Well, I think I described the scheduling issues that happened before I finally got last Friday’s Oncology appointment scheduled. All this is because my regular Oncologist, Dr. Colonna, is out on maternity leave.
This past Friday, I arrived early like usual and got checked in and my vitals done like usual. They didn’t need blood taken or anything, so I didn’t need to visit the lab.
I was drowsy because I hadn’t slept well the night before, due to worrying about being up in time for the appointment, because it was at 11:00AM, a time I don’t usually go in for appointments. I’d gotten myself a caffeinated beverage at the coffee shop near the elevators I took to the floor where Oncology is, and I drank that while I waited, dozing between swallows. It helped; I was more alert and felt refreshed when I was finally visited.
That visitor was a Physician’s Assistant who works with the Oncology docs, Nancy Fong. The designation after her name is PA-C, and I’m left to assume the C stands for cancer given she’s working in the Oncology department. I’ll try to remember to ask her what it stands for if I see her again. Anyway, she did a breast exam and we discussed my vitamin regimen; I’d been taking 1 Calcium and 1 D3 vitamin a day with my meds and the Senior vitamins I started taking this month, but she wanted me to up the Calcium and D3 t0 2 pills a day, which I’m happy to obey. I don’t want my bones to deteriorate either.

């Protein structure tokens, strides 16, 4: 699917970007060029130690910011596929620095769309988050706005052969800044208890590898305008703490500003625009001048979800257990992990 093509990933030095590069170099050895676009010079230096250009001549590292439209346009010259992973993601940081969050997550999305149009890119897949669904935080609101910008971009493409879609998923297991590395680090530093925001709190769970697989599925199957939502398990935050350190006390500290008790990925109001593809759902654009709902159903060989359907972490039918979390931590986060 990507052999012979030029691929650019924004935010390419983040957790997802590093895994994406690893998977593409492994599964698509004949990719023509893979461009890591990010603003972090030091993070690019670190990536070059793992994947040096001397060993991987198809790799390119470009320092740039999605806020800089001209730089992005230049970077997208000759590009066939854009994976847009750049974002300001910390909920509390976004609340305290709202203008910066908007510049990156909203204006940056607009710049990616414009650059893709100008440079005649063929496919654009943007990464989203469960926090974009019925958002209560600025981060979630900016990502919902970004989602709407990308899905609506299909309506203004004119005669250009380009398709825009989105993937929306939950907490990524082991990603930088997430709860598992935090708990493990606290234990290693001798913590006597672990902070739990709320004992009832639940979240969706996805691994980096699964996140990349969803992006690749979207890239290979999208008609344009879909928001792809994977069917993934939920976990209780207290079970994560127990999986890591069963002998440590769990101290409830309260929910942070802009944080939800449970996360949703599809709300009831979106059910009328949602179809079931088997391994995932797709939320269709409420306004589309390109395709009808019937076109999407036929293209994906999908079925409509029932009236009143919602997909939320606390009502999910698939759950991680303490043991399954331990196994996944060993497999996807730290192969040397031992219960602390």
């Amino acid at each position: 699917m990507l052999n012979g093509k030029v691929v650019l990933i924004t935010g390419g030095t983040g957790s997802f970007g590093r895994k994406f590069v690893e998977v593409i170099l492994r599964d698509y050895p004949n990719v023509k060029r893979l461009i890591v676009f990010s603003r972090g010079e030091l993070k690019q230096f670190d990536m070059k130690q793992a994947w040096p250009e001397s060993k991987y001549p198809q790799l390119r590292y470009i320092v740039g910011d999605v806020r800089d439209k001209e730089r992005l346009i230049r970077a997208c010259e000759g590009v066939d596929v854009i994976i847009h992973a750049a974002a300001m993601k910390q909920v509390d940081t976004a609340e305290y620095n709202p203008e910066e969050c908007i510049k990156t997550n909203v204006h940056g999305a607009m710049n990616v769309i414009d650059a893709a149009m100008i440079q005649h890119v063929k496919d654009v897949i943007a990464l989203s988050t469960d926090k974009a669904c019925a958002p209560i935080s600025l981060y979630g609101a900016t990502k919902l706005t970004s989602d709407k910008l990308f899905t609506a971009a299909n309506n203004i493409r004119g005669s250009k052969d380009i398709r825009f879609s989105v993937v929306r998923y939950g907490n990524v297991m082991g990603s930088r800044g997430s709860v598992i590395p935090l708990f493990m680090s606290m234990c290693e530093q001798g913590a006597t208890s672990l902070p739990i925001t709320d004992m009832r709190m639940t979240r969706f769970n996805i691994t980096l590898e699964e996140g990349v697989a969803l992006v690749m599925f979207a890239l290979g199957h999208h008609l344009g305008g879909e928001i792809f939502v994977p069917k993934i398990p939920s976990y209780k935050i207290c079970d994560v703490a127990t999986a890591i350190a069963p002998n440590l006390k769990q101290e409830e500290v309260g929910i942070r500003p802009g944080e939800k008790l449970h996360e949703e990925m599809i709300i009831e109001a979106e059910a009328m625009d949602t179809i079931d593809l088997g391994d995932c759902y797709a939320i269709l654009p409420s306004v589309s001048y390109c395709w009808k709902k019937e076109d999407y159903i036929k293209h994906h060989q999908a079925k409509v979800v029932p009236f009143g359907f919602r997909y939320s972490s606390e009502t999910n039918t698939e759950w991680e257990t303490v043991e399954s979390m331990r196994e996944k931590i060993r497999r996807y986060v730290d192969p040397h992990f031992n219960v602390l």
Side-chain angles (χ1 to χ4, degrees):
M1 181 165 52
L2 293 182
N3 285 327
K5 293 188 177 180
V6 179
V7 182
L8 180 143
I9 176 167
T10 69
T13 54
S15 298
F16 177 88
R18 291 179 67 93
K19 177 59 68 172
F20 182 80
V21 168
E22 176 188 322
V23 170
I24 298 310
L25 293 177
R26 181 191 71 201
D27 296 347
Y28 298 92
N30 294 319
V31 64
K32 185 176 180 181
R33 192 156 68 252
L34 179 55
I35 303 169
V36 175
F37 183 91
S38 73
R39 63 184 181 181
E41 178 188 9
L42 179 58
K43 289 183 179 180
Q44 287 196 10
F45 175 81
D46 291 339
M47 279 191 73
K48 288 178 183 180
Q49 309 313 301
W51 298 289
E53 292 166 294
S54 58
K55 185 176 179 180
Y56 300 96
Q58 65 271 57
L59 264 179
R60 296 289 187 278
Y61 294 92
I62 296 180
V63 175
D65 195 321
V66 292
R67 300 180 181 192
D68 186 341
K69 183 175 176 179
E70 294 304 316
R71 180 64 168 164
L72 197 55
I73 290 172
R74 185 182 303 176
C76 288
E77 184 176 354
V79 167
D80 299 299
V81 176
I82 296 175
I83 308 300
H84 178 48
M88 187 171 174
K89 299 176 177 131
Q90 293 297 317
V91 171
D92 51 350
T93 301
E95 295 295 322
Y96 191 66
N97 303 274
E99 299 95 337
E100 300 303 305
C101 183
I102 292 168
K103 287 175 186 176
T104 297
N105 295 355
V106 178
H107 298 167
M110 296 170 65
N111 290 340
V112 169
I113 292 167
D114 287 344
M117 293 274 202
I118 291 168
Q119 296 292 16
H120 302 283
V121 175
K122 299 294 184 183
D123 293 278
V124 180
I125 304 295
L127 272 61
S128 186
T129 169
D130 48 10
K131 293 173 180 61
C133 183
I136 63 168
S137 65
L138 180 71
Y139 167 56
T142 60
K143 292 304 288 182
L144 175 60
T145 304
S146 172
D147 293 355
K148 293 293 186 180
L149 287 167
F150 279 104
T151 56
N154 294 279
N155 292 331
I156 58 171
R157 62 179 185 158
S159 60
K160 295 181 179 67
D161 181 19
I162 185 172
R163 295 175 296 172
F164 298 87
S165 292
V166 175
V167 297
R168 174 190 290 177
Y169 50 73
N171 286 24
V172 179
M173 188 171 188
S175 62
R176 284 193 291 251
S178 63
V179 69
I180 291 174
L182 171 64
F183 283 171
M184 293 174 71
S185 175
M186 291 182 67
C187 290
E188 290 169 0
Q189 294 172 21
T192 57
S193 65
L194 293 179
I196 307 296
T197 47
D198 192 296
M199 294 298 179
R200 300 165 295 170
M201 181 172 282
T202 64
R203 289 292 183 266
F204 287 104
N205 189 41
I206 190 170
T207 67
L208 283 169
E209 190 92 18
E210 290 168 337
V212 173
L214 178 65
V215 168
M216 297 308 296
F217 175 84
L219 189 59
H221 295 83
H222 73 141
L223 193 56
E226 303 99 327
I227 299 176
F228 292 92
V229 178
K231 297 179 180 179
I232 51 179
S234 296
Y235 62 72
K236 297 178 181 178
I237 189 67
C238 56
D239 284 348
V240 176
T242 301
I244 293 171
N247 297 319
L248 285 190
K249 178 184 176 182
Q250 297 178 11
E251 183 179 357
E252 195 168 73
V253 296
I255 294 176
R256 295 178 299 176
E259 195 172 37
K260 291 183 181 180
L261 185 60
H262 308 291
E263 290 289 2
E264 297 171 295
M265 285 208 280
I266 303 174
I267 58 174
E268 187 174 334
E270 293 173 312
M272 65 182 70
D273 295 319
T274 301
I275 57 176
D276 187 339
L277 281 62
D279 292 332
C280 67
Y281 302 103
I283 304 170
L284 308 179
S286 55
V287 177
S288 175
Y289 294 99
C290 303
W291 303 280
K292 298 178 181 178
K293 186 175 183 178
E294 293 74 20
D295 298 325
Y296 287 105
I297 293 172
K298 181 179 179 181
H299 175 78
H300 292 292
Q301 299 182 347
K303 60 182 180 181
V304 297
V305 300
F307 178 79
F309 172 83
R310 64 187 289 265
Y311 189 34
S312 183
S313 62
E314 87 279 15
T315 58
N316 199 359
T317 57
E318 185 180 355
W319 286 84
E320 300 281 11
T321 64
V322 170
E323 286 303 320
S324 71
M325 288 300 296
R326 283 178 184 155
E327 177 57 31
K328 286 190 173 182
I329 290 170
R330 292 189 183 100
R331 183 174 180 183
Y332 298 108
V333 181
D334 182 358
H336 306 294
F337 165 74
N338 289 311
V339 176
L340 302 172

After she finished with me, she left to go fetch the substitute Oncologist I was to see, Dr. Charles Parker. I was not expecting the doctor who came in. Not because he had an unusual appearance; he was tall, slender, wore glasses, and white-haired, so pretty normal that way. No, he couldn’t seem to say a single sentence without two or three umm pauses. Between that and his soft voice, I had difficulty following what he was saying.
Essentially, however, I no longer need the Leuprolide injection since I’ve had my ovaries and tubes removed. I’m still on the Anastrozole because there are some other organs which create a teeny-tiny amount of female hormones, and there’s concern my fat might also produce some. The Anastrozole is to prevent it creating another cancer.
He couldn’t speak on the possibility of having my breasts removed because he’s not my primary Oncologist, so I didn’t bother asking about that. It’s something I think Nancy may have known about, but I didn’t want to confuse Dr. Parker.
After Dr. Parker’s visit, I spoke briefly with Nancy again. She filled out a form that tells me when my next appointment is due (September) and wrote notes regarding the additional vitamins I’m to take and continuation of Anastrozole. They’re also going to arrange for me to get my next mammogram at about that time as well—and I asked about that, since I wasn’t sure if my primary care doc would have to put the order in, but Nancy explained it would be the Oncology department.